In his time the Flemish physician Adrianne van den Spiegel (often referred to by the latinized name of Adrianus Spigelius) was the most renowned practicing clinician in the city of Padua. An accomplished anatomist, he was left with only meager eponymous pickings: the caudate (Spigelian) lobe of the liver and some more obscure structures around the abdominal muscles (the Spigelian aponeurosis, line, and hernia). For this posthumous deprivation he made up in life by having a successful medical practice and in botany by having a genus of plants (Spigelia) with six species named after him.
Like his compatriot Andreas Vesalius, Spigelius was born in Brussels (1578). He studied in Louvain and Leiden, then like Vesalius went to Italy. In Padua he studied under the illustrious anatomists Giulio Casserius and Fabricius of Aquapendente. Graduating about 1603, he seems to have assisted Fabricius in his private practice; competed unsuccessfully for the chair of practical medicine in Padua; and in 1612 returned briefly to Flanders. His next few years were spent practicing medicine in Germany and Hungary, then in Bohemia where he became “medicus primarius” or first physician. In 1616 the Venetian Senate appointed him to the chair of anatomy and surgery at Padua. There he lectured in the famous anatomical auditorium and attracted numerous foreign students.
Spigelius combined a successful clinical life with significant academic work. With Fabricius he treated one of the Medici princes in Florence, and also consulted in Venice. He published on botany as well as on medicine, notably including a book on fevers describing patients whom he had examined himself, palpating their abdomen to detect swellings, even conducting autopsies to confirm his diagnosis. He is credited to have worked on malaria, but, medical nosology being little advanced in his time, some of his patients appear to have variously suffered from typhoid, typhus, amebiasis, and various intraabdominal infections. His major works, on the morphology of the developing fetus (De formation foetu) and a major update on general anatomy (De humani corporis), were edited and published after his death by his son-in-law and illustrated by anatomical plates of his predecessor Casserius. Some of his artistically designed plates have been described as having “lovely ladies displaying their viscera with a coquettish grace . . . showing with pleasure their lacelike omenta and holding up their appendices epiploicae . . .” (BMJ 2:1422, Nov 13,1909)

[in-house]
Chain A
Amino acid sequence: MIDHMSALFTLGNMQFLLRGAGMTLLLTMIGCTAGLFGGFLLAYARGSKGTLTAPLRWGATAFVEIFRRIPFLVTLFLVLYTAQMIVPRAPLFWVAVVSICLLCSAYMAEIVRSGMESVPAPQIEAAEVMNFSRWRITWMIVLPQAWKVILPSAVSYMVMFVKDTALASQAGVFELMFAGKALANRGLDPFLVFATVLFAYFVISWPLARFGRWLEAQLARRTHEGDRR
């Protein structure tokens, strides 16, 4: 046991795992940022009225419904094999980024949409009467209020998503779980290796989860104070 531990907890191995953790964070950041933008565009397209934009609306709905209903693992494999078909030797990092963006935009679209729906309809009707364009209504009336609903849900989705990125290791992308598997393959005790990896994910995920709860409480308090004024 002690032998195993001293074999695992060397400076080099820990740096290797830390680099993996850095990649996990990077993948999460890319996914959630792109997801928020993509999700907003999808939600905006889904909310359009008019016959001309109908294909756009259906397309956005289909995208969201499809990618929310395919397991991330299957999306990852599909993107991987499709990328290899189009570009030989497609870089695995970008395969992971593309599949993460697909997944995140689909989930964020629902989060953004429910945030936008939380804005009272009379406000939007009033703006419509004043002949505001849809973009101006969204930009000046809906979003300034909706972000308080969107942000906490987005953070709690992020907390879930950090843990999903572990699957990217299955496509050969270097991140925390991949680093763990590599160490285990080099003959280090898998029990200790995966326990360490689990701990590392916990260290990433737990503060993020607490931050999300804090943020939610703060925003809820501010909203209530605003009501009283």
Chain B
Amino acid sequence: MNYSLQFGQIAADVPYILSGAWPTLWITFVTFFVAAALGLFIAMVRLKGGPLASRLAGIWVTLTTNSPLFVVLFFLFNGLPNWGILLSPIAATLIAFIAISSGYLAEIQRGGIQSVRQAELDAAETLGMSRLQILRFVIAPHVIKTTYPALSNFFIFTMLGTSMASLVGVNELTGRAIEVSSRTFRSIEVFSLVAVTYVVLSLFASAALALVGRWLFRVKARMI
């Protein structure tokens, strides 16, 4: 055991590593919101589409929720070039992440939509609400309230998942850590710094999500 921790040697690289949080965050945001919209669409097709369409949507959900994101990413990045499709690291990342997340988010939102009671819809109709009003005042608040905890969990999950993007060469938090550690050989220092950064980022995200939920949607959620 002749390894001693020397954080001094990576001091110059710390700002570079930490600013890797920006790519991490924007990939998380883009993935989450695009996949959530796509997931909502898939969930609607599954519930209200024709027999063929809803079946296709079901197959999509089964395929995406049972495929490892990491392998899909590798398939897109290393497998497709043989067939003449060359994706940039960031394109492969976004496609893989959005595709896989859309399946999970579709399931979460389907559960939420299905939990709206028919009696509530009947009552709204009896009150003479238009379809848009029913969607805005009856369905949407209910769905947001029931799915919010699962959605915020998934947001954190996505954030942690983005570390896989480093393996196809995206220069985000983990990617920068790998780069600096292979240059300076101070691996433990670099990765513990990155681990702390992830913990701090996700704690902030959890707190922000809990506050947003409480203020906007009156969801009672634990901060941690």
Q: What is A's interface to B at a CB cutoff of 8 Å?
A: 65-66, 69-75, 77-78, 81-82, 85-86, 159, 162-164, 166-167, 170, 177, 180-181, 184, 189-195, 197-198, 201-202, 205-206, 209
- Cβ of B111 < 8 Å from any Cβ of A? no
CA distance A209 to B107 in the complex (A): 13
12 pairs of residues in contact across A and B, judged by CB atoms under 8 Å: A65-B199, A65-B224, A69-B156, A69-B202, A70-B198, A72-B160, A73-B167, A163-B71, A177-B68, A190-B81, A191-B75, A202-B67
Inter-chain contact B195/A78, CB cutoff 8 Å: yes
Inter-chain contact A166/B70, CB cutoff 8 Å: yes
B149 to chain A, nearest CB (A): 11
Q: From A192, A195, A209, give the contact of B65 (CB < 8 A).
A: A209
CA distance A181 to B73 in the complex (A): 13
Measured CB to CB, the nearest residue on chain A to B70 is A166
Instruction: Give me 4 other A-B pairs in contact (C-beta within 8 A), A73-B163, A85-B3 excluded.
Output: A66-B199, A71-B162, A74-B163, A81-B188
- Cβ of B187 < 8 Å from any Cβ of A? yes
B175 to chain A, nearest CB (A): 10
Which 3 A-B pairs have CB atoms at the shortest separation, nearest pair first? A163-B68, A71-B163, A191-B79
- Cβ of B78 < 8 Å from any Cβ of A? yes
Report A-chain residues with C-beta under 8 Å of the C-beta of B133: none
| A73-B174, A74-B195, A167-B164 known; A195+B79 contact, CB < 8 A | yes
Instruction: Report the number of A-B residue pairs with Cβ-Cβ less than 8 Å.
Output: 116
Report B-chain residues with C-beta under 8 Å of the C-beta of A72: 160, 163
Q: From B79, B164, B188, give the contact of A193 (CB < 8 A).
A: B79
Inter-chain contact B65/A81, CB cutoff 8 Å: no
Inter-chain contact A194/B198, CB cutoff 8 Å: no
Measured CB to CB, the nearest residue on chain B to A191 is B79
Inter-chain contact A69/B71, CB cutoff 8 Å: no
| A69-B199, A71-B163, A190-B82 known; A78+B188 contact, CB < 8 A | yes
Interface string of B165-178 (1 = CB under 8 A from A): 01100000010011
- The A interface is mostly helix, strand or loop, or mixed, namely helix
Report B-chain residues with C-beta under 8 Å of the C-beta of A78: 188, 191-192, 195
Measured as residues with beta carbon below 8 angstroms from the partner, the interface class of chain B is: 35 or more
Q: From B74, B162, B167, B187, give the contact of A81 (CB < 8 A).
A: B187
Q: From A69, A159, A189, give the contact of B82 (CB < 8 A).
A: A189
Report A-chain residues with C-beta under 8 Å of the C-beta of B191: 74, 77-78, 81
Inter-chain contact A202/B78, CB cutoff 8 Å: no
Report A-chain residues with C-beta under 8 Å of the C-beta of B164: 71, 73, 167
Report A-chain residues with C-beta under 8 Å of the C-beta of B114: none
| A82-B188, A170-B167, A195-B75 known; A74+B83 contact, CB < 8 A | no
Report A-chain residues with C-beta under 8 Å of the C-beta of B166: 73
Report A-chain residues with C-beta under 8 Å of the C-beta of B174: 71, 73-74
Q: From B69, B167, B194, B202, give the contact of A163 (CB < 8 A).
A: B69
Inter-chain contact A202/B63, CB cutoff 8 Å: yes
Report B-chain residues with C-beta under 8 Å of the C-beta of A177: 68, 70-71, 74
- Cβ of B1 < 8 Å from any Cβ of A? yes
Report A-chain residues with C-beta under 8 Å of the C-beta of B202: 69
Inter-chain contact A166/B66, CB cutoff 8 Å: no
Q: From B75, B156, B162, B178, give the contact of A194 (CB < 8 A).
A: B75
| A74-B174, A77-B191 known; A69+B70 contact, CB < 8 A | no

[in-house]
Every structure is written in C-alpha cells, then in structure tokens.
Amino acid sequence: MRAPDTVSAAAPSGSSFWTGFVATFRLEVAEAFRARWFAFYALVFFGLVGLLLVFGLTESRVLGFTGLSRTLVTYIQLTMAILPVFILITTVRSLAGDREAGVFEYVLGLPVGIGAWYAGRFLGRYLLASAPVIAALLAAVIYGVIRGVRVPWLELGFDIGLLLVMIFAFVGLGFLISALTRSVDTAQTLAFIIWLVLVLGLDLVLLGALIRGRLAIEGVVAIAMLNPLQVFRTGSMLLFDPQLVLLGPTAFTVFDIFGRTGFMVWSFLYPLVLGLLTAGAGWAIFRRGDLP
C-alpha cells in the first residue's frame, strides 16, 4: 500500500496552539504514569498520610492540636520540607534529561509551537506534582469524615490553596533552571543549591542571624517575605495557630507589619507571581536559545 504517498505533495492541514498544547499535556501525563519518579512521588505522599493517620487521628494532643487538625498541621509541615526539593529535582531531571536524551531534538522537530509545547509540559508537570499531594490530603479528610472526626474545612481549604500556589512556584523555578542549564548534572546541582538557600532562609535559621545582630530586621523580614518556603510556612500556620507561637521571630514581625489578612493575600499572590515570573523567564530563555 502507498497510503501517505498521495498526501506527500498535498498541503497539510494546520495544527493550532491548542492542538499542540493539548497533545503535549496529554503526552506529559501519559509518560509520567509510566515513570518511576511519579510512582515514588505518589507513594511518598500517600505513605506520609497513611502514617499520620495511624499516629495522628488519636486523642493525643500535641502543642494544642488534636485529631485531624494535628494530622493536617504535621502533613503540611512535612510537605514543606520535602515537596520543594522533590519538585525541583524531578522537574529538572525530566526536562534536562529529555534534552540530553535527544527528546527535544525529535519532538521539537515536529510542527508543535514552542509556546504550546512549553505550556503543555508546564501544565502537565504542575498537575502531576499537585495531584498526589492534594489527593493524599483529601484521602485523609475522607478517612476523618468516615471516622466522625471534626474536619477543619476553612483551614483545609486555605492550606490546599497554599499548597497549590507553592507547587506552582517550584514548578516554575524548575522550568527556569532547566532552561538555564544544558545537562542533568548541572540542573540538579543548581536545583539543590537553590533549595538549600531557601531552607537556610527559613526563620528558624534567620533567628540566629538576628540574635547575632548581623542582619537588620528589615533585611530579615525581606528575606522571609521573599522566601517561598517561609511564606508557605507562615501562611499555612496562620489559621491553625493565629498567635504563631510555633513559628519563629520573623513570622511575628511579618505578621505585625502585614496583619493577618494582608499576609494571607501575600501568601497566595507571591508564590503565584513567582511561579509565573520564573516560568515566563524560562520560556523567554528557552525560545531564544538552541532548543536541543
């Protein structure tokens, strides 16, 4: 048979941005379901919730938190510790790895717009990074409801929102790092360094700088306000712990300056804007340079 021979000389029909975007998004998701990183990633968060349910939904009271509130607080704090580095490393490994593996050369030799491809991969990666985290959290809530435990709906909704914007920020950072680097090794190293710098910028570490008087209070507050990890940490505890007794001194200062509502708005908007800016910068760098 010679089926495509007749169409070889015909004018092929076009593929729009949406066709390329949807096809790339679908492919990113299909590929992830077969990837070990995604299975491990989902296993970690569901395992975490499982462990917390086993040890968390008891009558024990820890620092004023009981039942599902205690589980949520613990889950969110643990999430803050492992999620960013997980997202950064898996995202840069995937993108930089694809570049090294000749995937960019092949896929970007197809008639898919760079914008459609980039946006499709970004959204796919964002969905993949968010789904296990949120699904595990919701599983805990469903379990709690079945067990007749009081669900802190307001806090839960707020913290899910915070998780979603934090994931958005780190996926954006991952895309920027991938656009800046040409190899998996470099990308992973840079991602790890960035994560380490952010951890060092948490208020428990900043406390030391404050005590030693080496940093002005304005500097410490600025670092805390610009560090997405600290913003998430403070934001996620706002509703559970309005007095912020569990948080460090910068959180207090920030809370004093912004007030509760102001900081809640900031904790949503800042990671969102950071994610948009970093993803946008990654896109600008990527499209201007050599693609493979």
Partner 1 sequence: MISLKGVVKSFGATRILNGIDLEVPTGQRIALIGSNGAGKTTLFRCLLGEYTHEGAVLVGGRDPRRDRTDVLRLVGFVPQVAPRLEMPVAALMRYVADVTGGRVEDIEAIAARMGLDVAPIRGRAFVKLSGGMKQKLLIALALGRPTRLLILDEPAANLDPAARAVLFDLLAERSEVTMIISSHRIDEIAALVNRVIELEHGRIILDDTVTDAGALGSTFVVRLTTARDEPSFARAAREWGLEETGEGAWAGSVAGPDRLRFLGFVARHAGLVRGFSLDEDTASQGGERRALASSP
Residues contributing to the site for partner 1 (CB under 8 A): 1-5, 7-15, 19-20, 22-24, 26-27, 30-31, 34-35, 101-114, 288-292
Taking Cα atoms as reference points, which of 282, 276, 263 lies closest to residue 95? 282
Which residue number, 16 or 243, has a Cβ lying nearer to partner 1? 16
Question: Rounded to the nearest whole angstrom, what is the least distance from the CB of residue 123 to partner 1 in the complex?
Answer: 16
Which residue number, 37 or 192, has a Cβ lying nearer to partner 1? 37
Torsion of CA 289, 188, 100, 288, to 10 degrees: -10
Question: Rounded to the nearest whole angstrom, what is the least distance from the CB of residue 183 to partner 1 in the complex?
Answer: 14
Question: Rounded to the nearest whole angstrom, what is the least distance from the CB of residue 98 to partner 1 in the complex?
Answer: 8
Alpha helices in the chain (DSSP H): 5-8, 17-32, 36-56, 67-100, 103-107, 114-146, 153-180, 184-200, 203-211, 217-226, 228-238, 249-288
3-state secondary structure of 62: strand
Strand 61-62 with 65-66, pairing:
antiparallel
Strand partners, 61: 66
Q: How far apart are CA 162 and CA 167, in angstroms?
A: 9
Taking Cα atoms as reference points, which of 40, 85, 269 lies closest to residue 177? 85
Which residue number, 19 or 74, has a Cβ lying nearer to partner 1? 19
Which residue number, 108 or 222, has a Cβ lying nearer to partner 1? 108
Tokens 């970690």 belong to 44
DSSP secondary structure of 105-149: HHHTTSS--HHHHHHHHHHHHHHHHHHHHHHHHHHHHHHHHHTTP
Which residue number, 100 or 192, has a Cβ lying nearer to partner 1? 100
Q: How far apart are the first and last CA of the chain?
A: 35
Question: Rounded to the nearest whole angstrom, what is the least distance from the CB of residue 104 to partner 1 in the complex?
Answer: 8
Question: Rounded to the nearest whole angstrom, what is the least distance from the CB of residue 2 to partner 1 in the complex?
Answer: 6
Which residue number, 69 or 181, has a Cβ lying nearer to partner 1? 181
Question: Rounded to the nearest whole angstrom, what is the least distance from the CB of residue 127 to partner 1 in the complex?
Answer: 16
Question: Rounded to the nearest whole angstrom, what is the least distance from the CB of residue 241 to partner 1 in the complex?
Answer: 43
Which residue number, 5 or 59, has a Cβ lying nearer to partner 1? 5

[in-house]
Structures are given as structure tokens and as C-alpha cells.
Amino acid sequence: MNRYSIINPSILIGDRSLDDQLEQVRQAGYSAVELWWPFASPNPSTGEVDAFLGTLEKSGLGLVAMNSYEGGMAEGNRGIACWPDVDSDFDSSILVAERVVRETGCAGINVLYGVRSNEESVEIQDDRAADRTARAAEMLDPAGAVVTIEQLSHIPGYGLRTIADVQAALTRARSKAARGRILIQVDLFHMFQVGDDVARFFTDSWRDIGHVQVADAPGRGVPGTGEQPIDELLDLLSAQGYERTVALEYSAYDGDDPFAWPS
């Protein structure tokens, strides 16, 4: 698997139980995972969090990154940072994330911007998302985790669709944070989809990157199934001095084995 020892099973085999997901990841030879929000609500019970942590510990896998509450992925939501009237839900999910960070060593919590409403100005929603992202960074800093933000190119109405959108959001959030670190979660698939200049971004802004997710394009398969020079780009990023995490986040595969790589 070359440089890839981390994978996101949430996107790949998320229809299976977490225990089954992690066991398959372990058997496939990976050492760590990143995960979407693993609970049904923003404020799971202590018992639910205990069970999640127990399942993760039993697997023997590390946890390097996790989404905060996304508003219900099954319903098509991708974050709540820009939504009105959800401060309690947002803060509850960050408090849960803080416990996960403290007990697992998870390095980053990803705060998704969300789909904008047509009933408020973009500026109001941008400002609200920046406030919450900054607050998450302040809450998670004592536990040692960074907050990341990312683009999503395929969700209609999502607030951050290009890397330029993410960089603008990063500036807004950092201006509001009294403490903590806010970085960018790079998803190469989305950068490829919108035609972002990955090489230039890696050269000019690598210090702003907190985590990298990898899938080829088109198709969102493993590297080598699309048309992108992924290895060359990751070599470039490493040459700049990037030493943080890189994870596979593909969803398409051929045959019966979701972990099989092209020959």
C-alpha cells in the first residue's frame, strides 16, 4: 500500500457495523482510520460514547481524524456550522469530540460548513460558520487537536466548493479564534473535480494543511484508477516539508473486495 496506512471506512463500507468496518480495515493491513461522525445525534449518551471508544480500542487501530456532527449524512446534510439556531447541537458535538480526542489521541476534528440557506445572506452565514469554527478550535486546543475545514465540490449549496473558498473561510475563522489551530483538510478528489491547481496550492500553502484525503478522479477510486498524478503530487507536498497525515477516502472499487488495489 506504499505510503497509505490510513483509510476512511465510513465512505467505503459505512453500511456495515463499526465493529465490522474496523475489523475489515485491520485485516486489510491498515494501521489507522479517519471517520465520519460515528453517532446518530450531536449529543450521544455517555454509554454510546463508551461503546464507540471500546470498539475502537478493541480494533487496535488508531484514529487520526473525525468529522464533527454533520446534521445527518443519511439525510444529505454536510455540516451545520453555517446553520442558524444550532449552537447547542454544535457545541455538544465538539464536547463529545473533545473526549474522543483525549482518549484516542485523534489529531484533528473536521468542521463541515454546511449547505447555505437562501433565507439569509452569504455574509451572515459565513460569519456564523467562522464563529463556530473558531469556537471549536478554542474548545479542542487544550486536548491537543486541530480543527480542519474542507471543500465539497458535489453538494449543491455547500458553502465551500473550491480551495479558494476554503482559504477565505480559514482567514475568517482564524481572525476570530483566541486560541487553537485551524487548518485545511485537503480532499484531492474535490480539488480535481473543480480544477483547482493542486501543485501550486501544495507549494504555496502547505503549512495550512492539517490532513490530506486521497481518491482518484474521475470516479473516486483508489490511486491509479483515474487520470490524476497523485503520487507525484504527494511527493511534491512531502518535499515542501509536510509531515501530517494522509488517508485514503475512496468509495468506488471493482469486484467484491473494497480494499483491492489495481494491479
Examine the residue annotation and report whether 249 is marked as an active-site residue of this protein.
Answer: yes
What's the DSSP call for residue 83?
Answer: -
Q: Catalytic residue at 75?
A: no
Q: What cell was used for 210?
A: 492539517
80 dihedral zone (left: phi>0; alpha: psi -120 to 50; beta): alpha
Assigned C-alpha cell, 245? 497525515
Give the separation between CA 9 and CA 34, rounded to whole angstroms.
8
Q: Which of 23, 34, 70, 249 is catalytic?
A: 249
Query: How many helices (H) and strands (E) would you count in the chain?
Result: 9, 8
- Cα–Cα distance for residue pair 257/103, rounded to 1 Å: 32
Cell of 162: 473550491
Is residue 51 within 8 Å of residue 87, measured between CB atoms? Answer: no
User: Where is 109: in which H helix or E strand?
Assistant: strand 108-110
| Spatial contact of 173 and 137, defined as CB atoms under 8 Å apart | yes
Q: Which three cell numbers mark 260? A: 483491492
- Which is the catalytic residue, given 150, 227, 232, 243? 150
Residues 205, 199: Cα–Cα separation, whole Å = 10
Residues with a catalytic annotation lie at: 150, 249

In 1623 Spigelius was made a knight of the Venetian order of Saint Marco. He died two years later, remembered by posterity as the last great Paduan or Vesalian anatomist.
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GEORGE DUNEA, MD, Editor-in-Chief